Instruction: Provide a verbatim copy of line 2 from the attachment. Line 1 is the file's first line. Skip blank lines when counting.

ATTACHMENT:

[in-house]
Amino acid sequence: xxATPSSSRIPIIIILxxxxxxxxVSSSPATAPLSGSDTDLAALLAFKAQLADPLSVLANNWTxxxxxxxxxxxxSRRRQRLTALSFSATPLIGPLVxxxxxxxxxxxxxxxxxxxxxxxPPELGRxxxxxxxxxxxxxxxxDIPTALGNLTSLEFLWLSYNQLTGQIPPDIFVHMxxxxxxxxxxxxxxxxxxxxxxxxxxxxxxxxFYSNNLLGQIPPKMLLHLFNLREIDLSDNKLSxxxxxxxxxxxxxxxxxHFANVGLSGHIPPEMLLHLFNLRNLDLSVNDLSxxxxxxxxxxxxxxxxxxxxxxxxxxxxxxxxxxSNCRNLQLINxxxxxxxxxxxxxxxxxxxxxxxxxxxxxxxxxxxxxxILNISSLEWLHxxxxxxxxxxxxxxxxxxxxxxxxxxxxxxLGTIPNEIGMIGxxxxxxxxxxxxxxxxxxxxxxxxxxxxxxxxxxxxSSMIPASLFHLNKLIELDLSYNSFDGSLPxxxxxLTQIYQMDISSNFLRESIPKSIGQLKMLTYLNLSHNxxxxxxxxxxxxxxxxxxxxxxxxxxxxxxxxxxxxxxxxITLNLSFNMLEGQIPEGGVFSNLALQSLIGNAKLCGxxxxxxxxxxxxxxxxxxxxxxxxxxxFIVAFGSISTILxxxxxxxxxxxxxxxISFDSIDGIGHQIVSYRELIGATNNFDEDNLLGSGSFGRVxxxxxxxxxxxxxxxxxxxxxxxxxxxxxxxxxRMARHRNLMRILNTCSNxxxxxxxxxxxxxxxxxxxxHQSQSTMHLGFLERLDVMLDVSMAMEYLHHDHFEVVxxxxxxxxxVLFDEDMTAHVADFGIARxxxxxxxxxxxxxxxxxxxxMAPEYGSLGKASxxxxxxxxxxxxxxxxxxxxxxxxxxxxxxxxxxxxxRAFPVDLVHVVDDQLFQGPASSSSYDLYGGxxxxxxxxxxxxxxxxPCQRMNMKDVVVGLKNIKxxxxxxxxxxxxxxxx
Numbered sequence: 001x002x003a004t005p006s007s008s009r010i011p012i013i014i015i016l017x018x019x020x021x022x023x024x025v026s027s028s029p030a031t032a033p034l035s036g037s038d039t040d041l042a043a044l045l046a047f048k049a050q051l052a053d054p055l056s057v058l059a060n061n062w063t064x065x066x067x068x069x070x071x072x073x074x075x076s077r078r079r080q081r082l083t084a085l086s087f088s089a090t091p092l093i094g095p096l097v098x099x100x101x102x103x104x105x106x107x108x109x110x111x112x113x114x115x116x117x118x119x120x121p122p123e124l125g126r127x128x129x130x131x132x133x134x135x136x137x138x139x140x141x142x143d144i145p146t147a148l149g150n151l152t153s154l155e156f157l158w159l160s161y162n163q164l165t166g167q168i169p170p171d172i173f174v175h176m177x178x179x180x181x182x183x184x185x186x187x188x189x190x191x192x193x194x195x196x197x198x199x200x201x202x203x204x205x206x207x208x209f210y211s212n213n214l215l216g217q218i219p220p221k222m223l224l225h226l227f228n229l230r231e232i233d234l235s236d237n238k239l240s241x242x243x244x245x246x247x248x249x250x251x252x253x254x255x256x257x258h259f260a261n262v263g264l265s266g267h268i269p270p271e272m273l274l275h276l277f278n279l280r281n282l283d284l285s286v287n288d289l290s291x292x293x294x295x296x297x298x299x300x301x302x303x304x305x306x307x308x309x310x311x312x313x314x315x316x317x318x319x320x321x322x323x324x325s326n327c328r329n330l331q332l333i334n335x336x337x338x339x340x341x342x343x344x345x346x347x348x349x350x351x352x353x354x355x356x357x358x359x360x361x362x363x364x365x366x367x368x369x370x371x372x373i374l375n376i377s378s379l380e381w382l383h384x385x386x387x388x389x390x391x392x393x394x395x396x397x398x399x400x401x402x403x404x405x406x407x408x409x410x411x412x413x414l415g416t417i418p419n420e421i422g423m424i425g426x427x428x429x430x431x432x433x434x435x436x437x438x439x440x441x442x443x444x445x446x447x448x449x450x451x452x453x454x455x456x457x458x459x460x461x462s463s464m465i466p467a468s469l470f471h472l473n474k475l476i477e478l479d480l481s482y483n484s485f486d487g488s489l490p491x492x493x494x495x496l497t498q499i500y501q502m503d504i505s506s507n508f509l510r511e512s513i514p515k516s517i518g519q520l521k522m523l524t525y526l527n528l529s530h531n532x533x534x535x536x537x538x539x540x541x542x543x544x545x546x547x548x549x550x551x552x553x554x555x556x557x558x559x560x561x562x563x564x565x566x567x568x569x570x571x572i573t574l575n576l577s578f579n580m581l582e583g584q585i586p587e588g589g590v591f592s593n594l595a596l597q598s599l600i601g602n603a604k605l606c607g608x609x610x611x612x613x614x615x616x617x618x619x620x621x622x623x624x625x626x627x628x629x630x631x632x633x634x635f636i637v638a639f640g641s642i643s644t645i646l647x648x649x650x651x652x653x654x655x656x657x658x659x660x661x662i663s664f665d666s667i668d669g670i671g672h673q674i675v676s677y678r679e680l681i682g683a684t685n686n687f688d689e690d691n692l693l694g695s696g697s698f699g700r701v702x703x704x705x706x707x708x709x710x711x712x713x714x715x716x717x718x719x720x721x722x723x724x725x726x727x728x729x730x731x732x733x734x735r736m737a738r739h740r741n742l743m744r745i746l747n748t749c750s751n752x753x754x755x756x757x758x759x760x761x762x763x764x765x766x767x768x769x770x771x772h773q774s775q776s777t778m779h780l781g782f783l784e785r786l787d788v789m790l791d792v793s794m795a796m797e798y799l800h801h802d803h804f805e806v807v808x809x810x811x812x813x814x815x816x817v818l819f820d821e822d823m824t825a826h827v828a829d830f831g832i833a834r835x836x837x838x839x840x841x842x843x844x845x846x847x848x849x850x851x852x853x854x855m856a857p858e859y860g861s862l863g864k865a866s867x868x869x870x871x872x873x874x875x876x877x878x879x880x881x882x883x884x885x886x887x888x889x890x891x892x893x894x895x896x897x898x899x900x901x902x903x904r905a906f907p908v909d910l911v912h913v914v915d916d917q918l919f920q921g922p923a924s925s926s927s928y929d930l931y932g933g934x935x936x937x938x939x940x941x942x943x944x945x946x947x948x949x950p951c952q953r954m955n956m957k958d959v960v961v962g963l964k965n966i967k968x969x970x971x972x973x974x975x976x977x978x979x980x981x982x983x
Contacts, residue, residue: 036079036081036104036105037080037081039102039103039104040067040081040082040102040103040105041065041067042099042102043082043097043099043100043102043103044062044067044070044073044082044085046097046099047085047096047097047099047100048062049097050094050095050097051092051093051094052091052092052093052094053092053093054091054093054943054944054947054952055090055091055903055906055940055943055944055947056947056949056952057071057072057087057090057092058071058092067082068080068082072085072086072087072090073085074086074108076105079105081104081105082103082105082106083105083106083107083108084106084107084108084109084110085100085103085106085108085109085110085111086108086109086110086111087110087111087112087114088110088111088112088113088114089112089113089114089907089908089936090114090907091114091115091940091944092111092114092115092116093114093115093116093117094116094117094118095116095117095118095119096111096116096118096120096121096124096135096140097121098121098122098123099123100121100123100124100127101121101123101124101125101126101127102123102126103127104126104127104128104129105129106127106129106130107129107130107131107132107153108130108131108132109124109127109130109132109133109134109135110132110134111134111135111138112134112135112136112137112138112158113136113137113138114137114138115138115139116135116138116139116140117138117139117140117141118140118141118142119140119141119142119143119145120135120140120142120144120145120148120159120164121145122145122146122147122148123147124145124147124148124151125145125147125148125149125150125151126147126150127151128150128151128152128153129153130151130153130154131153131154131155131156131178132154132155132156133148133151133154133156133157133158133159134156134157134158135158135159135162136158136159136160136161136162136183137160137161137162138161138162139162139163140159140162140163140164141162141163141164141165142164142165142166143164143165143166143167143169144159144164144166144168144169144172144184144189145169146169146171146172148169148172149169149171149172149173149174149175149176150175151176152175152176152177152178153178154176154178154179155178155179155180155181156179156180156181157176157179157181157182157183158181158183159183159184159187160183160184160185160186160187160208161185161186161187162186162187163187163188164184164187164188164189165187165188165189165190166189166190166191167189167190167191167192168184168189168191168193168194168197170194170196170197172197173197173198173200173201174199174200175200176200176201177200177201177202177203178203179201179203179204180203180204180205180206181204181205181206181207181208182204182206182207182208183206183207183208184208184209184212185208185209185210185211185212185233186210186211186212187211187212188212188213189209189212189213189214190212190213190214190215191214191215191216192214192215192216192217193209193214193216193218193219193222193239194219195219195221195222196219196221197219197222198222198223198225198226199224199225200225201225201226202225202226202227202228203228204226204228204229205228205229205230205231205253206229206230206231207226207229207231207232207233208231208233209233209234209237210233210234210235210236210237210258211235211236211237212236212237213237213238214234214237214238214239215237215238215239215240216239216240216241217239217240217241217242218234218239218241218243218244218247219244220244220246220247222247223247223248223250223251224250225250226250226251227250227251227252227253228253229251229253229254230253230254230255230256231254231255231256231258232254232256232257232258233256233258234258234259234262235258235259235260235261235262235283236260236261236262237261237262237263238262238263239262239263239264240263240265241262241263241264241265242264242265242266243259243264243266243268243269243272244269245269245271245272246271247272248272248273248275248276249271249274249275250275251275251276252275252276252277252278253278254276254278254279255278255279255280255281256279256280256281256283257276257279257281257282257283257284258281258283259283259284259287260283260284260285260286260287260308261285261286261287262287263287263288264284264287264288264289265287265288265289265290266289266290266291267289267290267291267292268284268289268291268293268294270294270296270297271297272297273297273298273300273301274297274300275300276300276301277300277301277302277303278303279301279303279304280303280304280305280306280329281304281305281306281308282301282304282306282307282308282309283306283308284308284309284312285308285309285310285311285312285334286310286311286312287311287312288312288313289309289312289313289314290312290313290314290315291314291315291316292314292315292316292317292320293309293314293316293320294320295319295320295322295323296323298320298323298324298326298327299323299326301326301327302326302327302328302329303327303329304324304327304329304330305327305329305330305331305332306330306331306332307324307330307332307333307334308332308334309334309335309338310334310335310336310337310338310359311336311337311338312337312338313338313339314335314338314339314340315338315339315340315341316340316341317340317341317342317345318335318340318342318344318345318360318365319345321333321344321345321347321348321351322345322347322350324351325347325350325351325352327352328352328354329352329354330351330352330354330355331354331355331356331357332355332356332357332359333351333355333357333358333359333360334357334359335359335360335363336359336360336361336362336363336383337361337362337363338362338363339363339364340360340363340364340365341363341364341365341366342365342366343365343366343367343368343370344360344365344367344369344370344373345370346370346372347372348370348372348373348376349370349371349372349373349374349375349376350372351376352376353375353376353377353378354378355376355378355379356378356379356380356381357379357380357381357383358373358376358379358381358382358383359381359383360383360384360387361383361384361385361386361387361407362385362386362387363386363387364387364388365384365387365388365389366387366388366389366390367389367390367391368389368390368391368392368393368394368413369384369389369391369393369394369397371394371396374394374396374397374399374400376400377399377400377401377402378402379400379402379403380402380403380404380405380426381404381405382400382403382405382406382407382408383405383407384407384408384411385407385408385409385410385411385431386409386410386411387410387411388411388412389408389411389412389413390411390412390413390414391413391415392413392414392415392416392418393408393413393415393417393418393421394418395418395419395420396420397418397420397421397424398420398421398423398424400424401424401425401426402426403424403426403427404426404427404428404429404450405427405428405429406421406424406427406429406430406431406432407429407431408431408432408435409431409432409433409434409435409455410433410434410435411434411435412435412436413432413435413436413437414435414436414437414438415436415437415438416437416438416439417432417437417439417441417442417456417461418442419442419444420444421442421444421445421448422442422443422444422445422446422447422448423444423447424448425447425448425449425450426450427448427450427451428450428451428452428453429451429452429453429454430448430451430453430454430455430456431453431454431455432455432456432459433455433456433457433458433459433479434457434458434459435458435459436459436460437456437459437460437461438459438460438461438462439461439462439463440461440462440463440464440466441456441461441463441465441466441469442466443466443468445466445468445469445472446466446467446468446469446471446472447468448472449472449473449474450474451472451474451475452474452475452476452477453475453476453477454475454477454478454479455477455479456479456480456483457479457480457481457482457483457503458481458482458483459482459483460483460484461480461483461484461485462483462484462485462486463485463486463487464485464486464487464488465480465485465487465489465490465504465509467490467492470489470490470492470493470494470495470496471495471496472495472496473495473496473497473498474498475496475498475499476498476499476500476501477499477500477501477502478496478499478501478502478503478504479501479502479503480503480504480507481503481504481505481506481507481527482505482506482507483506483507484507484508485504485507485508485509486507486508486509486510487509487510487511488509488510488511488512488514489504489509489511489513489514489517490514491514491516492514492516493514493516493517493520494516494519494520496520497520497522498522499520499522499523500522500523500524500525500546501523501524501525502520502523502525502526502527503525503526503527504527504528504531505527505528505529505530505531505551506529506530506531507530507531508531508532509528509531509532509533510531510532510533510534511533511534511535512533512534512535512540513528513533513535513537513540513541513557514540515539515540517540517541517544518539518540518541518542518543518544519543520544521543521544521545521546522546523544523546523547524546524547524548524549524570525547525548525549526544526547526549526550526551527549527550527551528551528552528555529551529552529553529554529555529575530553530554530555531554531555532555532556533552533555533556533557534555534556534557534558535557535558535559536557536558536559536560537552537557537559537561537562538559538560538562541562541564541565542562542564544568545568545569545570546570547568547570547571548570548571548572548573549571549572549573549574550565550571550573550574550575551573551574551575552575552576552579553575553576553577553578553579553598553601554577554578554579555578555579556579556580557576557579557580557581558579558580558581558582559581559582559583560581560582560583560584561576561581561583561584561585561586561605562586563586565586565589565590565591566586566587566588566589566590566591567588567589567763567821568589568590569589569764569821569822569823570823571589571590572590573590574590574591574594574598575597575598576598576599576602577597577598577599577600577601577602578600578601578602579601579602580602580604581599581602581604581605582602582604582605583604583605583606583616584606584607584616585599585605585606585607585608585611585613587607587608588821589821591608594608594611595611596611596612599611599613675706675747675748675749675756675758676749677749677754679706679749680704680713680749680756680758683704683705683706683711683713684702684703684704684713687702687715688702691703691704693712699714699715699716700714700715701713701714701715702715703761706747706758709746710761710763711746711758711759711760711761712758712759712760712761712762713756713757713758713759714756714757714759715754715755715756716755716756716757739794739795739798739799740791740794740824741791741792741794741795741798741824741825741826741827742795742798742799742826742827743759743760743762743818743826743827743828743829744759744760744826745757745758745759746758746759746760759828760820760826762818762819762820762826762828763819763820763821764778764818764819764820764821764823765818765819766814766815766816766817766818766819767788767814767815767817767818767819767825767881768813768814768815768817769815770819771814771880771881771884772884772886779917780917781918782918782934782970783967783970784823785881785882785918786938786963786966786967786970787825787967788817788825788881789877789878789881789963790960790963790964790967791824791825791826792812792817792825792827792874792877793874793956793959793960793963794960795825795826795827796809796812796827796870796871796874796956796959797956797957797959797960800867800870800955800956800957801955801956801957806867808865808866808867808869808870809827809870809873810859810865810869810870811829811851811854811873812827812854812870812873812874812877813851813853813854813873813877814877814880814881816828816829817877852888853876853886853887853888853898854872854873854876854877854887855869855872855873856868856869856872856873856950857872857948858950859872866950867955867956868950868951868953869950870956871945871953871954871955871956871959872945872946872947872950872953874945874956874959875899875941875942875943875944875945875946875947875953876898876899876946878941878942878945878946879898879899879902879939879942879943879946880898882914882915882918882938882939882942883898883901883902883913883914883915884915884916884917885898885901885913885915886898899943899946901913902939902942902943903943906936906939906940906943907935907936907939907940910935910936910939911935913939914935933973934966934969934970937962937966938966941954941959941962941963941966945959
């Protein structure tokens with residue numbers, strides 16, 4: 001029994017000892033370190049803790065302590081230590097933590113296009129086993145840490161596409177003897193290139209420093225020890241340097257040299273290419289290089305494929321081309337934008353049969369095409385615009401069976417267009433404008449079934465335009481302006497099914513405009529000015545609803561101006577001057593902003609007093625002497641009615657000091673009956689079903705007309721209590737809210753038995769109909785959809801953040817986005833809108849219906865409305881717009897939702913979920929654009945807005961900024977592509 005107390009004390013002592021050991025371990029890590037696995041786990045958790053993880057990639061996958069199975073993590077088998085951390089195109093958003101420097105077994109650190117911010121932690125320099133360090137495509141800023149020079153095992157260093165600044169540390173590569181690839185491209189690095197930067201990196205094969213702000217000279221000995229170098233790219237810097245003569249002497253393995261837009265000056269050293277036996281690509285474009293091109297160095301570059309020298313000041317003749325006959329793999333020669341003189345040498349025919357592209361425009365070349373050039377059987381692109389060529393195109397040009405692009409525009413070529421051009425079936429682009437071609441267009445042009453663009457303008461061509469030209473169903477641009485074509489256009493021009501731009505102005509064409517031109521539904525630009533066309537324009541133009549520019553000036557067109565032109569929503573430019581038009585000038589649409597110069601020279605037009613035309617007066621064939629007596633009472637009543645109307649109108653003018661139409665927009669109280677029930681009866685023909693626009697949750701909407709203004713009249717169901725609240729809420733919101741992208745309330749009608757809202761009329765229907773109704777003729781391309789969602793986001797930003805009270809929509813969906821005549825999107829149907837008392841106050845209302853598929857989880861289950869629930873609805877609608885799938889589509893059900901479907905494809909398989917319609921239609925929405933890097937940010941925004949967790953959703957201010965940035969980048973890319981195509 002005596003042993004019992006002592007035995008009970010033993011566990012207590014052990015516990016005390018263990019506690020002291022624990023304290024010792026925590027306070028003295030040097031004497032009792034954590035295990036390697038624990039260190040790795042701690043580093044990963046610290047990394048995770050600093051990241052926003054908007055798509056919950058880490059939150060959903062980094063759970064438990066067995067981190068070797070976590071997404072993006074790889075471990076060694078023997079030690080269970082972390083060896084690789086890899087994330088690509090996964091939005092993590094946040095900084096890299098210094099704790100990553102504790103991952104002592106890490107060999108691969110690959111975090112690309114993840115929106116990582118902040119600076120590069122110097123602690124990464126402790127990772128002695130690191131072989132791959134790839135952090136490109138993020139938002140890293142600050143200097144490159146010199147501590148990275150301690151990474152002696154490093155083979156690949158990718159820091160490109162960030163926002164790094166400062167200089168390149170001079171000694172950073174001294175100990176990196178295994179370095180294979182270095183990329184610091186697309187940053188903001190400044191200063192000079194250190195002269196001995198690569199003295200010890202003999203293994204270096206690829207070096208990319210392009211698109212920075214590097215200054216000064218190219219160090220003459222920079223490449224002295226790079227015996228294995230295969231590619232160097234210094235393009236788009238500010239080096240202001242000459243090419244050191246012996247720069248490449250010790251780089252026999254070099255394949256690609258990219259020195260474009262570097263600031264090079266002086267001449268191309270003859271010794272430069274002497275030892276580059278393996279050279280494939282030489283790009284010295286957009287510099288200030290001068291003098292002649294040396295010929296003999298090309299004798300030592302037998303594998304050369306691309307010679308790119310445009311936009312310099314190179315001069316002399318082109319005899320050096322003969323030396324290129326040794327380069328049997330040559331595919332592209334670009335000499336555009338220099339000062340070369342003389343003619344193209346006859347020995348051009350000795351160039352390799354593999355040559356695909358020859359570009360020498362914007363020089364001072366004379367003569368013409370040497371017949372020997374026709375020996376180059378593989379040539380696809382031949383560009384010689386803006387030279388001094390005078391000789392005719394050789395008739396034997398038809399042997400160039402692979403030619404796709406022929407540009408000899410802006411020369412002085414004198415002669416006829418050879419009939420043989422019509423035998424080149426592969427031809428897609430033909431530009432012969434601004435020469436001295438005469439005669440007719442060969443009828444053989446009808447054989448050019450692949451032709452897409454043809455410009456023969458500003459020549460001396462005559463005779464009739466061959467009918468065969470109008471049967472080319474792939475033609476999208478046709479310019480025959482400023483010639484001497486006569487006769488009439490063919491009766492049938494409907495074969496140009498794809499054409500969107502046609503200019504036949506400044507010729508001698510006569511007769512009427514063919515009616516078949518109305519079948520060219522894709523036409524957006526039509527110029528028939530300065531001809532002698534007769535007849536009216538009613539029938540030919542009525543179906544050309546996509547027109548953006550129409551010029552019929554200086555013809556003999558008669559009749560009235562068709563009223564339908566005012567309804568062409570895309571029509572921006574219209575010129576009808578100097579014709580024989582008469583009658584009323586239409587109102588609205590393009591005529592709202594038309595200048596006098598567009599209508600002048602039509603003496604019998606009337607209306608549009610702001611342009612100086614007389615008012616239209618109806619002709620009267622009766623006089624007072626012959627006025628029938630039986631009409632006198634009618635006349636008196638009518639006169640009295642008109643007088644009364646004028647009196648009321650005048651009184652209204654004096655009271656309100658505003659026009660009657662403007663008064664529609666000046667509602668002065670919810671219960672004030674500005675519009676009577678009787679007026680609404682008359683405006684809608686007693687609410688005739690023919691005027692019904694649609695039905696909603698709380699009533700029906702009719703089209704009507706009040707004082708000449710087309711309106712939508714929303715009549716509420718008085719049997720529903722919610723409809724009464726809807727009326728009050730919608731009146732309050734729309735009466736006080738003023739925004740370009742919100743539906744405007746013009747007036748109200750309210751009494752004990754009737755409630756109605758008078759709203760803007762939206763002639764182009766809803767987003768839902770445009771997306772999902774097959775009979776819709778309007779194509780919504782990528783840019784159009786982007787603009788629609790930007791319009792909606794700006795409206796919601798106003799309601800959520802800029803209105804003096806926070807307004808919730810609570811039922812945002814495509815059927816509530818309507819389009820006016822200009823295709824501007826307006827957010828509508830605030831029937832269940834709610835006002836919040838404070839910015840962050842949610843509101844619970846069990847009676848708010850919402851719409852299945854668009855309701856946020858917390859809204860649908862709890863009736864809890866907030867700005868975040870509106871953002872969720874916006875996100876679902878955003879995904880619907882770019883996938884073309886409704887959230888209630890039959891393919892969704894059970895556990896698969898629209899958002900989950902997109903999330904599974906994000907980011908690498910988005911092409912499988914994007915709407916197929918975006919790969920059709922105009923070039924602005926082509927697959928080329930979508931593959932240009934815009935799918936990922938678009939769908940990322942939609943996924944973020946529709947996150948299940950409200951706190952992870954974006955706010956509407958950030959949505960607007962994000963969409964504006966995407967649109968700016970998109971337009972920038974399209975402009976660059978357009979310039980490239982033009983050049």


Amino acid sequence: xxATPSSSRIPIIIILxxxxxxxxVSSSPATAPLSGSDTDLAALLAFKAQLADPLSVLANNWTxxxxxxxxxxxxSRRRQRLTALSFSATPLIGPLVxxxxxxxxxxxxxxxxxxxxxxxPPELGRxxxxxxxxxxxxxxxxDIPTALGNLTSLEFLWLSYNQLTGQIPPDIFVHMxxxxxxxxxxxxxxxxxxxxxxxxxxxxxxxxFYSNNLLGQIPPKMLLHLFNLREIDLSDNKLSxxxxxxxxxxxxxxxxxHFANVGLSGHIPPEMLLHLFNLRNLDLSVNDLSxxxxxxxxxxxxxxxxxxxxxxxxxxxxxxxxxxSNCRNLQLINxxxxxxxxxxxxxxxxxxxxxxxxxxxxxxxxxxxxxxILNISSLEWLHxxxxxxxxxxxxxxxxxxxxxxxxxxxxxxLGTIPNEIGMIGxxxxxxxxxxxxxxxxxxxxxxxxxxxxxxxxxxxxSSMIPASLFHLNKLIELDLSYNSFDGSLPxxxxxLTQIYQMDISSNFLRESIPKSIGQLKMLTYLNLSHNxxxxxxxxxxxxxxxxxxxxxxxxxxxxxxxxxxxxxxxxITLNLSFNMLEGQIPEGGVFSNLALQSLIGNAKLCGxxxxxxxxxxxxxxxxxxxxxxxxxxxFIVAFGSISTILxxxxxxxxxxxxxxxISFDSIDGIGHQIVSYRELIGATNNFDEDNLLGSGSFGRVxxxxxxxxxxxxxxxxxxxxxxxxxxxxxxxxxRMARHRNLMRILNTCSNxxxxxxxxxxxxxxxxxxxxHQSQSTMHLGFLERLDVMLDVSMAMEYLHHDHFEVVxxxxxxxxxVLFDEDMTAHVADFGIARxxxxxxxxxxxxxxxxxxxxMAPEYGSLGKASxxxxxxxxxxxxxxxxxxxxxxxxxxxxxxxxxxxxxRAFPVDLVHVVDDQLFQGPASSSSYDLYGGxxxxxxxxxxxxxxxxPCQRMNMKDVVVGLKNIKxxxxxxxxxxxxxxxx